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Phoenix Coyotes goalie Ilya Bryzgalov prepares to freeze the puck during a game against the Carolina Hurricanes earlier this month. Bryzgalov's backstopping has the Coyotes near the top of the Western Conference standings this season. ((Karl B DeBlaker/Associated Press))

Each week, CBCSports.ca's senior hockey writers conduct (mostly) friendly banter on the latest hot-button issues in the NHL. Tim Wharnsby and Jeff Marek square off in this edition.

1. The Edmonton Oilers maintain that prospect Jordan Eberle will remain with the Springfield Falcons for the remainder of the season. Would you give him a look in the NHL at some point with 10 games remaining?  

MAREK: Not sure what the harm is in giving Eberle even a couple of games in the NHL with the Oilers. In the three games he's played with Springfield he's scored three times and added three helpers, so it's not as if he's even close to being overwhelmed at the pro level. I say give him a shot up top and more importantly give long-suffering Oilers fans a glimpse into the future.  

WHARNSBY: The harm, according to the Oilers management team, is that because the Edmonton fanatics view the 19-year-old offensive machine as the franchise saviour more pointless pressure would be heaped upon Eberle. I agree with the stance. Let him continue to demonstrate his prowess in the AHL and then he can continue to develop and take the next step with the Canadian team at the world championship in Germany next month.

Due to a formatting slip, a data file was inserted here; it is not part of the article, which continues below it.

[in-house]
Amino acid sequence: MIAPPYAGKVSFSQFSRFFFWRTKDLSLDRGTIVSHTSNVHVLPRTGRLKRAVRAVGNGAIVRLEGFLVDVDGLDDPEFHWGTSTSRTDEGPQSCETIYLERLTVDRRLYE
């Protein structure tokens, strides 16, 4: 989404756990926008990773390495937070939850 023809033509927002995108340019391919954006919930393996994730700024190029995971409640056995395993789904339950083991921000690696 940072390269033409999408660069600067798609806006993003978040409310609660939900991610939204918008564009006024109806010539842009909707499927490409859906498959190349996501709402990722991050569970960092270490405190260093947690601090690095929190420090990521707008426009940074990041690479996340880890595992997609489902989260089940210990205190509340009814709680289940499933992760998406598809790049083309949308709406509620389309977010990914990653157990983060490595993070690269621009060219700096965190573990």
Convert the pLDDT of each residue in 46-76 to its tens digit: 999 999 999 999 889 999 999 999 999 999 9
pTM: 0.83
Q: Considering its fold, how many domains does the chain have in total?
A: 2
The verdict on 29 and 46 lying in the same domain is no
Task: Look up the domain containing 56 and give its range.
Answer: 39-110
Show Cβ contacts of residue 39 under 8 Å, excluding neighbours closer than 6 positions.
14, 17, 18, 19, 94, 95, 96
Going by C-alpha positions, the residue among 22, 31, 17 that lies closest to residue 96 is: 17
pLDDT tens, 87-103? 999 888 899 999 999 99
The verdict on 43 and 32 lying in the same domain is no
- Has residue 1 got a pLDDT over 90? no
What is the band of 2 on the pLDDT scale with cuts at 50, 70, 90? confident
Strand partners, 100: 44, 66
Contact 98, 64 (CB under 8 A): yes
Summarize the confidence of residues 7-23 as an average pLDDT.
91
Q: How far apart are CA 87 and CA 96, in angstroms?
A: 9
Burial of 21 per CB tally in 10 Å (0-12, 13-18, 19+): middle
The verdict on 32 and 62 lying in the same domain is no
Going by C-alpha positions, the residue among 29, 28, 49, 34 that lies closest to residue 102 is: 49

2. With three weeks to go, who do you like to win the West, the Phoenix Coyotes, San Jose Sharks, Chicago Blackhawks or Vancouver Canucks?  

MAREK: Not loving the Sharks at all. The Coyotes have to cool off eventually, if even so-slightly. I have goalie concerns with the Hawks, so I'll take the Canucks to come out on top of the West.  The Canucks have balance through the lineup, one of the best tandems in the league with the Sedins and a goalie who can steal games. I think the West comes down to Vancouver and Chicago with the B.C. boys taking the Conference crown.  

WHARNSBY: My friend Paul Hunter of the Toronto Star likes to kid me about writing too many stories about underdogs, whether a fourth-line player or a Cinderella-like team. Hunter is correct. I do lean towards the underdog (that reminds me, I still haven't written about Buffalo's Matt Ellis since making the move to CBCSports.ca five-plus months ago). So how can I not predict that the Coyotes will prevail as best in the West after the regular season?  

3. With so many of the league's top teams faltering, who is the Stanley Cup favourite?  

MAREK: I don't really think there's a favourite at all this year as you could make a strong case for seven or eight squads.  But if forced to choose one I'll take the defending Cup champs. The Pittsburgh Penguins haven't taken a step back from last season and provided they all stay healthy (a big "if" in the league these days), they just have too many ways to hurt you.  

WHARNSBY: Excellent choice, Jeff. But I'm going to stick with the Coyotes. Why? Because, like you said, it will be a wide-open Stanley Cup tournament this spring. I like the Coyotes' goaltending, their balanced attack up front and the fact that they have lost more than two games in a row only once all season. Netminder Ilya Bryzgalov  is tied for first in wins (39) with Martin Brodeur, eighth in save percentage (.921) and fourth in goals against average (2.28). They don't have a player in the top-50 in league scoring, but Phoenix does have six players — if injured player Scottie Upshall is included — who have scored 15 or more goals this season. Petr Prucha is closing in, having scored 13 times so far.